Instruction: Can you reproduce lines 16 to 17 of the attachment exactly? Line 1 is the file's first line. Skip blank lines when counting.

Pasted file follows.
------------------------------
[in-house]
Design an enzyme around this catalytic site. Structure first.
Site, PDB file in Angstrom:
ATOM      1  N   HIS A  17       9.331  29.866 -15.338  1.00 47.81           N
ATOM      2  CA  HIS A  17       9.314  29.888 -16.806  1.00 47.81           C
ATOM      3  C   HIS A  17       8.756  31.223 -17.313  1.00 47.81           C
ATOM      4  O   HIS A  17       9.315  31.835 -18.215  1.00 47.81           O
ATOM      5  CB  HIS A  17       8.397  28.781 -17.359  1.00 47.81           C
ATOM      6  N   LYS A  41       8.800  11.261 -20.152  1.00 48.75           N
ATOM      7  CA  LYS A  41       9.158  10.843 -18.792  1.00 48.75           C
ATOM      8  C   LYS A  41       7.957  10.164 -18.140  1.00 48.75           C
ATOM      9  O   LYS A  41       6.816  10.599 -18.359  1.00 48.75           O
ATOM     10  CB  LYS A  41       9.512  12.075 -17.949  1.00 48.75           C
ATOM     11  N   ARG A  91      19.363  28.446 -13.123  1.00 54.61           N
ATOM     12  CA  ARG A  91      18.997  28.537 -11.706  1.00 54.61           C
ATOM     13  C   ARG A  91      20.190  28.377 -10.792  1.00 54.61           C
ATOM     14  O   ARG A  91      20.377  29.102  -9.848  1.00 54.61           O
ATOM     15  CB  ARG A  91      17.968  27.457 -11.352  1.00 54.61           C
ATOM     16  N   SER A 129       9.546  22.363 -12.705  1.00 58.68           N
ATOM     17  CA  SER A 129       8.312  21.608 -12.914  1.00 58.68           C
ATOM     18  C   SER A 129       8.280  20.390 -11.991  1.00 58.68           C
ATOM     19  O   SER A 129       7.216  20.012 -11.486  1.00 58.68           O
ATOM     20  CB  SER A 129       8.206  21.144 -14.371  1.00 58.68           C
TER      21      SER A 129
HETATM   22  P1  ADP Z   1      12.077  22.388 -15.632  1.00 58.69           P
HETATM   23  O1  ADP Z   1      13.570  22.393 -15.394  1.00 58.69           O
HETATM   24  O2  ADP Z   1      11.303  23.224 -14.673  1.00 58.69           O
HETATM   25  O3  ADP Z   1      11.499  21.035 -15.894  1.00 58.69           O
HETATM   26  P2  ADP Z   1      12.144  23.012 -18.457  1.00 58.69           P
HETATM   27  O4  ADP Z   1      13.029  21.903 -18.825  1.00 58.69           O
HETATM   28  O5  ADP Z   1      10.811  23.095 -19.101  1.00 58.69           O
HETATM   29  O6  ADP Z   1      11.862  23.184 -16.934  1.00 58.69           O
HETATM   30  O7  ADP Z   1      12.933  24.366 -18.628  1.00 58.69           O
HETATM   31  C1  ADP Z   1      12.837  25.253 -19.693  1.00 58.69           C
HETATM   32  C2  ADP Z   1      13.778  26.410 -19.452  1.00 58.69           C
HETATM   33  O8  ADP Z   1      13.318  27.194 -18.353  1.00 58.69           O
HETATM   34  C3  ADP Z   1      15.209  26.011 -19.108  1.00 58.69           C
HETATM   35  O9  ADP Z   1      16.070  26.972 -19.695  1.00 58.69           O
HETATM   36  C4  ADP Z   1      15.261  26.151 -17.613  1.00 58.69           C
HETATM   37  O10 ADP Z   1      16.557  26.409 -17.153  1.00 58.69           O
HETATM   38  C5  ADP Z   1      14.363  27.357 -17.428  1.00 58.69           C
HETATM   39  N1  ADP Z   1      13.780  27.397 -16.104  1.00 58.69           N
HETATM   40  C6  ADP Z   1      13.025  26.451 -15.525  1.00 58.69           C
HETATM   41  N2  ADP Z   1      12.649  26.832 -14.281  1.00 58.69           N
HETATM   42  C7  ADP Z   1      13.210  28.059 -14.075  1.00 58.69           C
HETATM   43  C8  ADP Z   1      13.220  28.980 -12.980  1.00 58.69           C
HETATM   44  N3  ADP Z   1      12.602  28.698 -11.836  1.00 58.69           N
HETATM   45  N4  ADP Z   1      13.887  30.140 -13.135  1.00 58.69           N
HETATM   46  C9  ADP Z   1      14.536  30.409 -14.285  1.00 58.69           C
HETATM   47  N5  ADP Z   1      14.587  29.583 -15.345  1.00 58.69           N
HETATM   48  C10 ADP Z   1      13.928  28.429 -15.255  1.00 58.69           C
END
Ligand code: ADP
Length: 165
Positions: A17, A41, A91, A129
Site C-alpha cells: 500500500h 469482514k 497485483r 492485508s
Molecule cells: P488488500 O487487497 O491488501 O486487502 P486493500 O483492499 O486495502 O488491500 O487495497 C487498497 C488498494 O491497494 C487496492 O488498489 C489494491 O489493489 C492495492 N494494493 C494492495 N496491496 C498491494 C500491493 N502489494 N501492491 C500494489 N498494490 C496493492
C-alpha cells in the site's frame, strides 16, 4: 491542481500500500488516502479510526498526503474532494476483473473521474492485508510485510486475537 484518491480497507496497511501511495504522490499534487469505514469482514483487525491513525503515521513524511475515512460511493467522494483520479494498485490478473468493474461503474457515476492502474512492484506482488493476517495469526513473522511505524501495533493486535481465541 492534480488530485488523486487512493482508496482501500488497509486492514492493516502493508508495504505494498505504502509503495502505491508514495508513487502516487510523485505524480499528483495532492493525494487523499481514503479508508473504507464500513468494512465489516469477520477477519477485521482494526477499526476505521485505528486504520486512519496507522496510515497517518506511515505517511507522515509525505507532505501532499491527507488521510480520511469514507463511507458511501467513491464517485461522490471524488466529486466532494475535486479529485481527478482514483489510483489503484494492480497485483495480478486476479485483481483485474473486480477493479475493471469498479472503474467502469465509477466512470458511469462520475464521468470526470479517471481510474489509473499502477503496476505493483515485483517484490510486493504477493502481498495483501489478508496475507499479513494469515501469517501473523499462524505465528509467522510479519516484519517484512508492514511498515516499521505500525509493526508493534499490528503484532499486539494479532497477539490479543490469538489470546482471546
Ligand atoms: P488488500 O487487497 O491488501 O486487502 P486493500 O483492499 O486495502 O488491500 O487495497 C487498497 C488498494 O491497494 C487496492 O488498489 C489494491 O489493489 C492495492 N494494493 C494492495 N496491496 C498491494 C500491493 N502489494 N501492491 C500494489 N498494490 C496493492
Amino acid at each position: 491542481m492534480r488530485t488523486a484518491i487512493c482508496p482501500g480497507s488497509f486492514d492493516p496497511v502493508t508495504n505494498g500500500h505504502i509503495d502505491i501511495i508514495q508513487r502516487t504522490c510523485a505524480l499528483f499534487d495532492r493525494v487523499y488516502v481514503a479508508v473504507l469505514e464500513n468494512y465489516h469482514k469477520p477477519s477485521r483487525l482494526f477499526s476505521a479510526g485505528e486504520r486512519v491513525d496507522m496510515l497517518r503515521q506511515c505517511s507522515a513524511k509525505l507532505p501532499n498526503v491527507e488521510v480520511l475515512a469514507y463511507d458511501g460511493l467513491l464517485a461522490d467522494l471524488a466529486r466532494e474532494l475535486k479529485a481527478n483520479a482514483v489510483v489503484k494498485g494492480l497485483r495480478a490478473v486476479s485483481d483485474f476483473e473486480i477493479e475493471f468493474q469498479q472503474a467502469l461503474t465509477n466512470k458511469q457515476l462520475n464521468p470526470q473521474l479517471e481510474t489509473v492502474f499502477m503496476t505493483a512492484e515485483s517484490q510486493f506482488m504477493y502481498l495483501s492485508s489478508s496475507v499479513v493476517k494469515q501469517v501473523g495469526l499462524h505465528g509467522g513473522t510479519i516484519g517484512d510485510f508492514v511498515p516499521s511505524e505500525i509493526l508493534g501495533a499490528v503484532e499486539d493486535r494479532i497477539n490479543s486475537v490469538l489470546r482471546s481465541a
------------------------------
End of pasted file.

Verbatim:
ATOM     13  C   ARG A  91      20.190  28.377 -10.792  1.00 54.61           C
ATOM     14  O   ARG A  91      20.377  29.102  -9.848  1.00 54.61           O